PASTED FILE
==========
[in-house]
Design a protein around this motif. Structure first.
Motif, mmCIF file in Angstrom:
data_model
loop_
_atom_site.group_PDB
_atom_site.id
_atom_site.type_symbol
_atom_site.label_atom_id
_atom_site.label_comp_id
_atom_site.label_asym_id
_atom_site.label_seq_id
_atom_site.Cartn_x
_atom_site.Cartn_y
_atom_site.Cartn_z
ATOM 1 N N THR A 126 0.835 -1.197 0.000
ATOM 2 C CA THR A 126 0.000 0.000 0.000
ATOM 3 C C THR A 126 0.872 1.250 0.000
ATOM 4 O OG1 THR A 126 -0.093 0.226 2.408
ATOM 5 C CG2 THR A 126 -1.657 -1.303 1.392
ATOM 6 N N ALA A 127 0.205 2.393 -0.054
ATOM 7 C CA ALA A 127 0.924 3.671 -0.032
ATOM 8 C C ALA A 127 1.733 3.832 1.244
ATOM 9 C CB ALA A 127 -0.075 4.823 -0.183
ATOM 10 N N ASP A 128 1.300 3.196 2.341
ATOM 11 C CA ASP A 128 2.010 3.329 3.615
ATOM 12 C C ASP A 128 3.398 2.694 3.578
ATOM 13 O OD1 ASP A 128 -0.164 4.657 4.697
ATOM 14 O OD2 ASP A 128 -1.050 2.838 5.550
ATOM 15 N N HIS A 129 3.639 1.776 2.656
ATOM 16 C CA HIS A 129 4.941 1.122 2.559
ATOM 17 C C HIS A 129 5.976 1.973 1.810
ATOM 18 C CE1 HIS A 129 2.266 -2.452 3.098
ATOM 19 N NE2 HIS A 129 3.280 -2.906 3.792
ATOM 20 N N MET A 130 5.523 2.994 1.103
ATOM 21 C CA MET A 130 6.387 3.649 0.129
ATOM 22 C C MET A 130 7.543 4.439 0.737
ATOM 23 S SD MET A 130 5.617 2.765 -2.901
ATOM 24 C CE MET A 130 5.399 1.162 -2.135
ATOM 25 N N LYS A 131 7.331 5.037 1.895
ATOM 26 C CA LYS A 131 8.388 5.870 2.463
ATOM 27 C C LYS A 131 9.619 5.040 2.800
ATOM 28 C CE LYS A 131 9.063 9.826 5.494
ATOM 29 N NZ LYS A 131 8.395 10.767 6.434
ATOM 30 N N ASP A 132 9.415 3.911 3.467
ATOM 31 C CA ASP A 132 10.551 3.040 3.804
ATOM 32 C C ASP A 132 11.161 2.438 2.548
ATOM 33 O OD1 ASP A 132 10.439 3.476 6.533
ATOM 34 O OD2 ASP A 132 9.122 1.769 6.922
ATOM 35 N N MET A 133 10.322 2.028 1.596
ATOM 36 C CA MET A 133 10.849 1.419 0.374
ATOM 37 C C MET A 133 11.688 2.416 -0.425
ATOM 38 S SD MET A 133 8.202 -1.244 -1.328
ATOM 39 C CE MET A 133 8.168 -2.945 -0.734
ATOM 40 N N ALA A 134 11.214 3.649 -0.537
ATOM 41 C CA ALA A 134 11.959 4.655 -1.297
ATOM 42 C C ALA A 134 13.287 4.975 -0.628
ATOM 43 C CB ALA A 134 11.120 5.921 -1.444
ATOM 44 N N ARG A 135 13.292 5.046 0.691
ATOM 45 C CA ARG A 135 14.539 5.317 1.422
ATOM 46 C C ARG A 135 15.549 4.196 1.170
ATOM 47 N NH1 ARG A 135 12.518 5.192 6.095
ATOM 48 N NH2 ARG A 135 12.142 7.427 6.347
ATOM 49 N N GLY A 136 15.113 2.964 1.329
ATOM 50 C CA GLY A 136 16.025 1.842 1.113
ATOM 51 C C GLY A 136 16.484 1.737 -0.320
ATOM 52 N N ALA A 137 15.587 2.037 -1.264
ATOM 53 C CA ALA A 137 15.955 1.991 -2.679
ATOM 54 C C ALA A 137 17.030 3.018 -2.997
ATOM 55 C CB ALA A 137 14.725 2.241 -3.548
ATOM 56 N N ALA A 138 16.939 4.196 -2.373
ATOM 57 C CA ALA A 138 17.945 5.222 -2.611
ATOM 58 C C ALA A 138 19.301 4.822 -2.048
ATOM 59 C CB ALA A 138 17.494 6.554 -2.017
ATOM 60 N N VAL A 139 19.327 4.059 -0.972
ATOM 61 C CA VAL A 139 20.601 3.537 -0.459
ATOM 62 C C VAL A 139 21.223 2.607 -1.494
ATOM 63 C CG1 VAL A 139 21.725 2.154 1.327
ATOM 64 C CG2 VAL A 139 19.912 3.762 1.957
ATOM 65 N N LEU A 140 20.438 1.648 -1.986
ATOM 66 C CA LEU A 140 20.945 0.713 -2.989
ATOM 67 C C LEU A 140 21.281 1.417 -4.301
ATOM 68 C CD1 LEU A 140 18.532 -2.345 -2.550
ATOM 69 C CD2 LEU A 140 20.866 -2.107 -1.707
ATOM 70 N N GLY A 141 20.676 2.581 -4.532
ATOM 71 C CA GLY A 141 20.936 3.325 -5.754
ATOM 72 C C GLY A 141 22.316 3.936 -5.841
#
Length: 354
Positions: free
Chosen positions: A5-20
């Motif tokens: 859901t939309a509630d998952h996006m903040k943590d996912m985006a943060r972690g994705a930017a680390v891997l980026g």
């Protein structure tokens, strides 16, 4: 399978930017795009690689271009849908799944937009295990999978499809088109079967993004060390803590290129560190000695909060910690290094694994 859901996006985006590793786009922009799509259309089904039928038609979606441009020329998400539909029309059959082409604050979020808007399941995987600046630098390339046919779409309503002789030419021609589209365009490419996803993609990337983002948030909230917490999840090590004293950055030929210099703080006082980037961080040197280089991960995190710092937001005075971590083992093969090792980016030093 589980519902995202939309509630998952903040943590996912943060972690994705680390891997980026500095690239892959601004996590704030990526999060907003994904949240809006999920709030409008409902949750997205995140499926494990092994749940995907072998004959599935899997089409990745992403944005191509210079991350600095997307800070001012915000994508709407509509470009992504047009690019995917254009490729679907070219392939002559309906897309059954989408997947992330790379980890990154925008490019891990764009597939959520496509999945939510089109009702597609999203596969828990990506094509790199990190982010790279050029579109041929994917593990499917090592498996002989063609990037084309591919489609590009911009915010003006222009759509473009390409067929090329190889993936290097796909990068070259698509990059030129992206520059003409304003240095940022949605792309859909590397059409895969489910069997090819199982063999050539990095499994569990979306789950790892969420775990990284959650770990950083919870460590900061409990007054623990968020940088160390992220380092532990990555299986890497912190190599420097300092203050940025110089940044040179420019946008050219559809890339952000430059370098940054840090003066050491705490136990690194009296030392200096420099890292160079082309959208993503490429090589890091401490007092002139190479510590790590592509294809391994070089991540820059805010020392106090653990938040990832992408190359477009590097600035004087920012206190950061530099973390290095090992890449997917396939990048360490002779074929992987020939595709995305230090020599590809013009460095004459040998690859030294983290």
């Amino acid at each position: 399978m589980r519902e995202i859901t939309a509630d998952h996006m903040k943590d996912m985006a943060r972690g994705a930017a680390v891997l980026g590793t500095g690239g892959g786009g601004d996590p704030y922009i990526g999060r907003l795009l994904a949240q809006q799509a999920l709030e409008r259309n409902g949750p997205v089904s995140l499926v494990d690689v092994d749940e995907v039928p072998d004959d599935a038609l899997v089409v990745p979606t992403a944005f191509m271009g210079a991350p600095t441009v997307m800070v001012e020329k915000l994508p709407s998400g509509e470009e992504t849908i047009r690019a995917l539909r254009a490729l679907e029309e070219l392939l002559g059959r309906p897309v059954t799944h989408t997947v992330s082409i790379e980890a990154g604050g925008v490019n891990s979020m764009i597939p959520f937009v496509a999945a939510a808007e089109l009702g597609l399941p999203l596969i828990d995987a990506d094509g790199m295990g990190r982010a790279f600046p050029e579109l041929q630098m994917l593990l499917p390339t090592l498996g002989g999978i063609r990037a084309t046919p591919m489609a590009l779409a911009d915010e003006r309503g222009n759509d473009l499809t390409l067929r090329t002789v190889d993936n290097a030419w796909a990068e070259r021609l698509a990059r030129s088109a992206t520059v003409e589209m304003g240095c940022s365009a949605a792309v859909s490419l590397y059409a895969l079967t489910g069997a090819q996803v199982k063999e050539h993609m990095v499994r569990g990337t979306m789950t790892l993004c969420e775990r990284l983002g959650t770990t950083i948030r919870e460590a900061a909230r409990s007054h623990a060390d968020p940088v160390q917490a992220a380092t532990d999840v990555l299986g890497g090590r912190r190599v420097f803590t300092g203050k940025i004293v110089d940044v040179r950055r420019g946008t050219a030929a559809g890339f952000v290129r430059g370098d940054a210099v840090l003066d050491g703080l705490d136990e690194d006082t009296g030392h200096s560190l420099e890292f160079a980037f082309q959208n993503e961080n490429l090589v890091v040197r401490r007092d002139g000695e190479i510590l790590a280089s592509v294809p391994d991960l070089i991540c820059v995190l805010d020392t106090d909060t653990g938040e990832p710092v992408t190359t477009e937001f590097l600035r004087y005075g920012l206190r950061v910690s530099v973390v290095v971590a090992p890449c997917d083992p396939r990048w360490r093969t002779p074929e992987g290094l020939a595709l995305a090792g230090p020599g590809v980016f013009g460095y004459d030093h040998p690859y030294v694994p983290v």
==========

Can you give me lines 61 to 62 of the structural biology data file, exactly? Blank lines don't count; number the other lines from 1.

ATOM 46 C C ARG A 135 15.549 4.196 1.170
ATOM 47 N NH1 ARG A 135 12.518 5.192 6.095